Skip to main content

Bloomberg: "Surviving the Slowdown"

Bloomberg recently aired a one-hour television special on the current economic environment entitled, "Surviving the Slowdown" (Click link to watch).

Here's a quick rundown of the program guest list, from Bloomberg.

"April 30 (Bloomberg) -- Former U.S. Treasury Secretary John Snow, Roger Altman, co-founder of Evercore Partners, former Federal Reserve Governor Susan Bies, former St. Louis Federal Reserve Bank President William Poole, Charles "Wick" Moorman, chief executive officer of Norfolk Southern, Marc Faber, managing director of Marc Faber Ltd., Laszlo Birinyi, president of Birinyi Associates, and Mark Mobius, executive chairman of Templeton Asset Management, talk with Bloomberg's Kathleen Hays about the U.S. economy, Federal Reserve monetary policy and investment strategy."

I'm watching the opening of this video, and it strikes me again how ridiculous this reliance on government economic statistics is. Why?

Kathleen Hays notes that recession in the US is typically defined by the NBER once they've identified two consecutive quarters of negative GDP numbers. And so far the "official recession-dating committee" at the NBER hasn't called one.

Which is hysterical, when you really get down to it. A seven person committee is going to tell you when the country is in a recession or not? A government-sanctioned committee, no less. Oh, and they're using data that's probably just a little bit corrupted, given the whole smoke-and-mirrors show that is government's reporting of economic statistics.

And those economic numbers and findings are being constantly revised to make things seem more palatable anyway, pushing events back in time or forward to a more convenient reporting date, in a manner befitting the storyline of George Orwell's novel, 1984.

But I digress. Let's just watch the program and see what we can learn.

Related articles and posts:

"Why the economy is worse than we know" - Kevin Phillips.

"Congratulations! It's a recession" - The Big Picture.

"Recession in real terms" - Finance Trends Matter.

"Roubini: US in recession" - Finance Trends Matter.

"Buffett: Recession has hit Main Street" - CNBC.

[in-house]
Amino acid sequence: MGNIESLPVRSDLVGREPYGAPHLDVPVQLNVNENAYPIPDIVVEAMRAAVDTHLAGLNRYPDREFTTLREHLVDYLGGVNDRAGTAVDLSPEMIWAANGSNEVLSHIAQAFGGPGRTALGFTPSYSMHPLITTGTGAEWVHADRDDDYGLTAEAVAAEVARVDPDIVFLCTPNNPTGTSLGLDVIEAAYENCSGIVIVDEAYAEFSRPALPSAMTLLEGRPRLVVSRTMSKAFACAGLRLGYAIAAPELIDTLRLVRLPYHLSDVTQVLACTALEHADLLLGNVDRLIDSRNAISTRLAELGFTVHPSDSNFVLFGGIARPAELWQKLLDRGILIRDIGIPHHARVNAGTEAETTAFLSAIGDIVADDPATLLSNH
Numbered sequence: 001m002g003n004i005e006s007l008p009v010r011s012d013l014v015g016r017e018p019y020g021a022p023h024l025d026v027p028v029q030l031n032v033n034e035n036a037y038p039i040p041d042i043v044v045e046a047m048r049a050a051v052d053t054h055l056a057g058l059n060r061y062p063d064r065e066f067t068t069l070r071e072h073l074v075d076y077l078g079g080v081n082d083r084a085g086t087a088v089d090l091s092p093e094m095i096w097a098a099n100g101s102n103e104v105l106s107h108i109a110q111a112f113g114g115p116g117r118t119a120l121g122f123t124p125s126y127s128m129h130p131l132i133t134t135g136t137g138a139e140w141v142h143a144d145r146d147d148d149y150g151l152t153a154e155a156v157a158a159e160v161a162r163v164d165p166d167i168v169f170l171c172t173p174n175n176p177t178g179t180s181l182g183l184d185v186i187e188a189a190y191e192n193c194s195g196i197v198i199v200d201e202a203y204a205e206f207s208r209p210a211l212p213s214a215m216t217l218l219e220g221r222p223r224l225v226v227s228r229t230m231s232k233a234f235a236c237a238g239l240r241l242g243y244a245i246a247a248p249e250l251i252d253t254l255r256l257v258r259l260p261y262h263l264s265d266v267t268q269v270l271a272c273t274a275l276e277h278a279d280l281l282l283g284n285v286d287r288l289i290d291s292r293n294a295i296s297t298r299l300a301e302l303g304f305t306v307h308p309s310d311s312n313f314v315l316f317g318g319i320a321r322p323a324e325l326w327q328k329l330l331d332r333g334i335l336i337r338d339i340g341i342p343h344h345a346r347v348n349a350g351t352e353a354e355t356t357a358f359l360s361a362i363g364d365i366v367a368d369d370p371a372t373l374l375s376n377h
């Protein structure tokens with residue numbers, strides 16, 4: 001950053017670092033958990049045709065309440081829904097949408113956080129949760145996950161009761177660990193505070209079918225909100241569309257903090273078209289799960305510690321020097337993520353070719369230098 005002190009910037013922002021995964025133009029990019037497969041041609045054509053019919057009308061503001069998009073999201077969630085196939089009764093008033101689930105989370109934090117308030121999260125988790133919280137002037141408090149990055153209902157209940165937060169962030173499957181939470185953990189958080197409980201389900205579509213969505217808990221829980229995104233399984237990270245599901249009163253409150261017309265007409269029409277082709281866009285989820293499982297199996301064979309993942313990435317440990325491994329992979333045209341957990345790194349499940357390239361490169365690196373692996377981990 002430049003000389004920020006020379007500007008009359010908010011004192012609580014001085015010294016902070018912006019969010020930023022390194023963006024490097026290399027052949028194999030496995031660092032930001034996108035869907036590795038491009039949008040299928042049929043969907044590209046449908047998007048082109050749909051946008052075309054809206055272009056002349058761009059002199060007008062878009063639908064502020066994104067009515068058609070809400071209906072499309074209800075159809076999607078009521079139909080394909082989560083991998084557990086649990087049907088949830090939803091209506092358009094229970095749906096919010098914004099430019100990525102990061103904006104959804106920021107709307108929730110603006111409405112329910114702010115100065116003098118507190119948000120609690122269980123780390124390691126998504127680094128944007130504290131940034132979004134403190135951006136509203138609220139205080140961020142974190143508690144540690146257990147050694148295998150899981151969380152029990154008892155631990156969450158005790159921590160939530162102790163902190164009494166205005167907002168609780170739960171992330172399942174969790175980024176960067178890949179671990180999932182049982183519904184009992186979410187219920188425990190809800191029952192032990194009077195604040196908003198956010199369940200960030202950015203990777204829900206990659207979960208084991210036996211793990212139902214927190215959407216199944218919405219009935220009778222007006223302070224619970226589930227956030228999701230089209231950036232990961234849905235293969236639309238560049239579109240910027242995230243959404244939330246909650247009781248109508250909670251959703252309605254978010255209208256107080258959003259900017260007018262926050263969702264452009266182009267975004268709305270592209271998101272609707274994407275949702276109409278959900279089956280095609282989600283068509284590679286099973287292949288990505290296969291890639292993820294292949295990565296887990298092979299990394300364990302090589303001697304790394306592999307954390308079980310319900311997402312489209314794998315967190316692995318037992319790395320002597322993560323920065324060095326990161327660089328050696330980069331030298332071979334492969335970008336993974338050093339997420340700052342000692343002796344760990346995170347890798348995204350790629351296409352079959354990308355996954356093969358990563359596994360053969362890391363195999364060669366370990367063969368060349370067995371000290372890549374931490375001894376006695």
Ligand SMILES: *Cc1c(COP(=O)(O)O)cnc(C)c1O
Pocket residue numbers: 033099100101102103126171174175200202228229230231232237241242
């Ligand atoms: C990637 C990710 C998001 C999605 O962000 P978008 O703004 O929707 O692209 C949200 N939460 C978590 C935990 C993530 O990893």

"Backwards Economics" - Bob Hoye via HoweStreet.com

Popular posts from this blog

The Dot-Com Bubble in 1 Chart: InfoSpace

With all the recent talk of a new bubble in the making, thanks in part to the Yellen Fed's continued easy money stance, I thought it'd be instructive to revisit our previous stock market bubble - in one quick chart.

So here's what a real stock market bubble looks like. 

Here's what a bubble *really* looks like. InfoSpace in 1999-2001. $QQQ$BCORpic.twitter.com/xjsMk433H7
— David Shvartsman (@FinanceTrends) February 24, 2015
For those of you who are a little too young to recall it, this is a chart of InfoSpace at the height of the Nasdaq dot-com bubble in 1999-2001. This fallen angel soared to fantastic heights only to plummet back down to earth as the bubble, and InfoSpace's shady business plan, turned to rubble.

As detailed in our post, "Round trip stocks: Momentum booms and busts", InfoSpace rocketed from under $100 a share to over $1,300 a share in less than six months. 

In a pattern common to many parabolic shooting stars, the stock soon peaked and began a…

New! Finance Trends now at FinanceTrendsLetter.com

Update for our readers: Finance Trends has a new URL! 

Please bookmark our new web address at Financetrendsletter.com

Readers sticking with RSS updates should point your feed readers to our new Finance Trends feedburner.  



Thank you to all of our loyal readers who have been with us since the early days. Exciting stuff to come in the weeks ahead!

As a quick reminder, you can subscribe to our free email list to receive the Finance Trends Newsletter. You'll receive email updates about once every 4-8 weeks (about 2-3 times per quarter). 

Stay up to date with our real-time insights and updates on Twitter.

Moneyball: How the Red Sox Win Championships

Welcome, readers. To get the first look at brand new posts (like the following piece) and to receive our exclusive email list updates, please subscribe to the Finance Trends Newsletter.

The Boston Red Sox won their fourth World Series titleof the 21st century this week.

Having won their first Series in 86 years back in 2004, the last decade-plus has marked a very strong return to form for one of baseball's oldest big league clubs. So how did they do it?

Quick background: in late 2002, team owner and hedge fund manager,John W. Henry(with his partners)bought the Boston Red Sox and its historic Fenway Park for a reported sum of $695 million.

Henry and Co. quickly set out to find their ideal General Manager (GM) to help turn around their newly acquired, ailing ship.

This brings us to one of my favorite scenes from the 2011 film, Moneyball, in which John W. Henry (played by Arliss Howard) attempts to woo Oakland A's GM Billy Beane (Brad Pitt) over to Boston with an excellent job off…